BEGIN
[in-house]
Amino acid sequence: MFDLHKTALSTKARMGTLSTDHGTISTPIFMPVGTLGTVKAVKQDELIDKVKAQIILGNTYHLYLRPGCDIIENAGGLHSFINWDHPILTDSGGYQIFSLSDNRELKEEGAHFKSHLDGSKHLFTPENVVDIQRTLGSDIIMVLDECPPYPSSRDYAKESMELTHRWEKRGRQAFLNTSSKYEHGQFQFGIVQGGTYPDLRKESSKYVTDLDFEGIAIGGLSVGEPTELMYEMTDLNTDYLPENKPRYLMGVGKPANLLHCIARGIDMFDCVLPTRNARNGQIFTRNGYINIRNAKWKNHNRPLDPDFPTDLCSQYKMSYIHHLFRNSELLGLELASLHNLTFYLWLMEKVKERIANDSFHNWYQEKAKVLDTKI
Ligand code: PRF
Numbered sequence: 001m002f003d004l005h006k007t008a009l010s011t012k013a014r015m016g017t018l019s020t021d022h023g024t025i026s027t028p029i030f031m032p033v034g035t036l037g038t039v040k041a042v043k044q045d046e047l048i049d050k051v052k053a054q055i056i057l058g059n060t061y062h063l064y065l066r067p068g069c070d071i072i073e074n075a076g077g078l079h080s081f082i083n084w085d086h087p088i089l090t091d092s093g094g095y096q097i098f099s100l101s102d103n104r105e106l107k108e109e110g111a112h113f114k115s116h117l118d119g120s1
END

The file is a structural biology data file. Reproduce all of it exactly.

[in-house]
Amino acid sequence: MFDLHKTALSTKARMGTLSTDHGTISTPIFMPVGTLGTVKAVKQDELIDKVKAQIILGNTYHLYLRPGCDIIENAGGLHSFINWDHPILTDSGGYQIFSLSDNRELKEEGAHFKSHLDGSKHLFTPENVVDIQRTLGSDIIMVLDECPPYPSSRDYAKESMELTHRWEKRGRQAFLNTSSKYEHGQFQFGIVQGGTYPDLRKESSKYVTDLDFEGIAIGGLSVGEPTELMYEMTDLNTDYLPENKPRYLMGVGKPANLLHCIARGIDMFDCVLPTRNARNGQIFTRNGYINIRNAKWKNHNRPLDPDFPTDLCSQYKMSYIHHLFRNSELLGLELASLHNLTFYLWLMEKVKERIANDSFHNWYQEKAKVLDTKI
Ligand code: PRF
Numbered sequence: 001m002f003d004l005h006k007t008a009l010s011t012k013a014r015m016g017t018l019s020t021d022h023g024t025i026s027t028p029i030f031m032p033v034g035t036l037g038t039v040k041a042v043k044q045d046e047l048i049d050k051v052k053a054q055i056i057l058g059n060t061y062h063l064y065l066r067p068g069c070d071i072i073e074n075a076g077g078l079h080s081f082i083n084w085d086h087p088i089l090t091d092s093g094g095y096q097i098f099s100l101s102d103n104r105e106l107k108e109e110g111a112h113f114k115s116h117l118d119g120s1